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S ta k eho l der engagement

Stakeholder engagement Taking accountability seriously Alan Cowley takes a close look at this new area of interest within education and how it can impact positively on school outcomes


S ta k eho l der engagement


he world is changing, and changing fast. The rapid development of digital technology brings at once improvements in our capacity to learn in the widest sense, choice in leisure activities, faster and better personal communication, a seemingly ever-increasing access to information and, as we see in the news, political revolution brought about for a desire for greater democracy and freedom. Within numerous staff rooms I have encountered those who will lament the passing of ‘the good old days’ (just as, if I’d lived in an earlier age, I’m sure I’d have bumped into those who lamented the passing of ‘ye good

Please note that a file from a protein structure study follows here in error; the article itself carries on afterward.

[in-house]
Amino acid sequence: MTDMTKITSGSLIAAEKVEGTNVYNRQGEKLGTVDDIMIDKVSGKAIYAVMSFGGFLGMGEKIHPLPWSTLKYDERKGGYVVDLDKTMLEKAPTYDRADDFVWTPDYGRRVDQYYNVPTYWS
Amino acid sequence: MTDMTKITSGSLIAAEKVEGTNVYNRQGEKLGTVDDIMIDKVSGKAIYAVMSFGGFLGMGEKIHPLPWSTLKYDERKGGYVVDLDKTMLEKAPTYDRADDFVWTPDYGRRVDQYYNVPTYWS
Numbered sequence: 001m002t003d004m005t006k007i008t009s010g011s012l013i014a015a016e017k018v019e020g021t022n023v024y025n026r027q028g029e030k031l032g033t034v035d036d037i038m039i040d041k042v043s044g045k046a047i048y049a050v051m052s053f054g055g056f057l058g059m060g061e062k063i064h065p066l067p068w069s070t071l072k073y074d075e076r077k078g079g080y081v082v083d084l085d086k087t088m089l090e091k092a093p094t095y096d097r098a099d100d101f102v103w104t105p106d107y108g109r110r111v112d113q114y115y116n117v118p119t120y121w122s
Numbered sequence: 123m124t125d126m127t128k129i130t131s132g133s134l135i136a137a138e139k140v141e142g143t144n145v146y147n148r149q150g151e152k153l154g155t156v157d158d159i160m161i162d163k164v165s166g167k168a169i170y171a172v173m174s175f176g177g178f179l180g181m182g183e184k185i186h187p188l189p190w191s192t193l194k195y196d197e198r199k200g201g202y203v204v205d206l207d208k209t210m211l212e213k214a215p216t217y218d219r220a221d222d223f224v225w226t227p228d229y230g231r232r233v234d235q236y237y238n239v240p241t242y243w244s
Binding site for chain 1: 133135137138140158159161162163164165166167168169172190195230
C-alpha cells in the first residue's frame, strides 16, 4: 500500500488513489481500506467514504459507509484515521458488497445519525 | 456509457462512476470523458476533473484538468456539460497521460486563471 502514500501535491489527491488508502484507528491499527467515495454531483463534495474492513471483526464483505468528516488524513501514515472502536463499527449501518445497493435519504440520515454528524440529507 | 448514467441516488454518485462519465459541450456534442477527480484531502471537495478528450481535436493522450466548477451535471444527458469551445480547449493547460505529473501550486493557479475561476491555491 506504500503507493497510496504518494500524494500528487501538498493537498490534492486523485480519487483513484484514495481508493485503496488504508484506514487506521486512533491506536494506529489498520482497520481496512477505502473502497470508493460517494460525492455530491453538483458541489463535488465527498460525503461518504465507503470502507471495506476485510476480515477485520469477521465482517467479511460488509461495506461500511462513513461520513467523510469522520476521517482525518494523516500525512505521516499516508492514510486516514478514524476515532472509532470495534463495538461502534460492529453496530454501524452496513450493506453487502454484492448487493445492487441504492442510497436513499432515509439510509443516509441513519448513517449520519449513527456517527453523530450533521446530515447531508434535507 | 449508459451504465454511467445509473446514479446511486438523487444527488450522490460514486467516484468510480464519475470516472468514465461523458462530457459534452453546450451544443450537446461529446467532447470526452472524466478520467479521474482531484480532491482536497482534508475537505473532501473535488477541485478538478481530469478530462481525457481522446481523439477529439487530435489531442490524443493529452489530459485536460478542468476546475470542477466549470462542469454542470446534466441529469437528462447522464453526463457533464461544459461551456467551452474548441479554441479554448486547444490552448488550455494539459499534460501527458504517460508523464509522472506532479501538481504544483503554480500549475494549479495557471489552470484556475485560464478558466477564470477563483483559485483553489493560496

olde days’), when authority in itself was reason for compliance. The majority of us however, see things differently. We recognise the need for change, and although we might not be comfortable sometimes with the speed of that change, we see it as part of normal life. What we define as ‘normal life’ changes with time. Within the UK our expectations are changing. Attitudes are shaped by events. We expect our institutions to register and acknowledge those changes. This is why Stakeholder Engagement is so important. Your stakeholders are people who are affected by your school or who have an effect on you.

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They will include obvious groups such as those who make up your school community: parents, staff and crucially – your pupils. It will also include your local community and perhaps the business community. Stakeholder Engagement is at once an indication of your commitment, and a means by which you can check and then demonstrate that you take the people within those groups seriously. Over the last 5 years or so the public at large has grown extremely cynical about our great institutions and, more importantly, those who run them. Within the private sector we still see bankers with expectations of huge bonuses, in spite of the

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S ta k eho l der engagement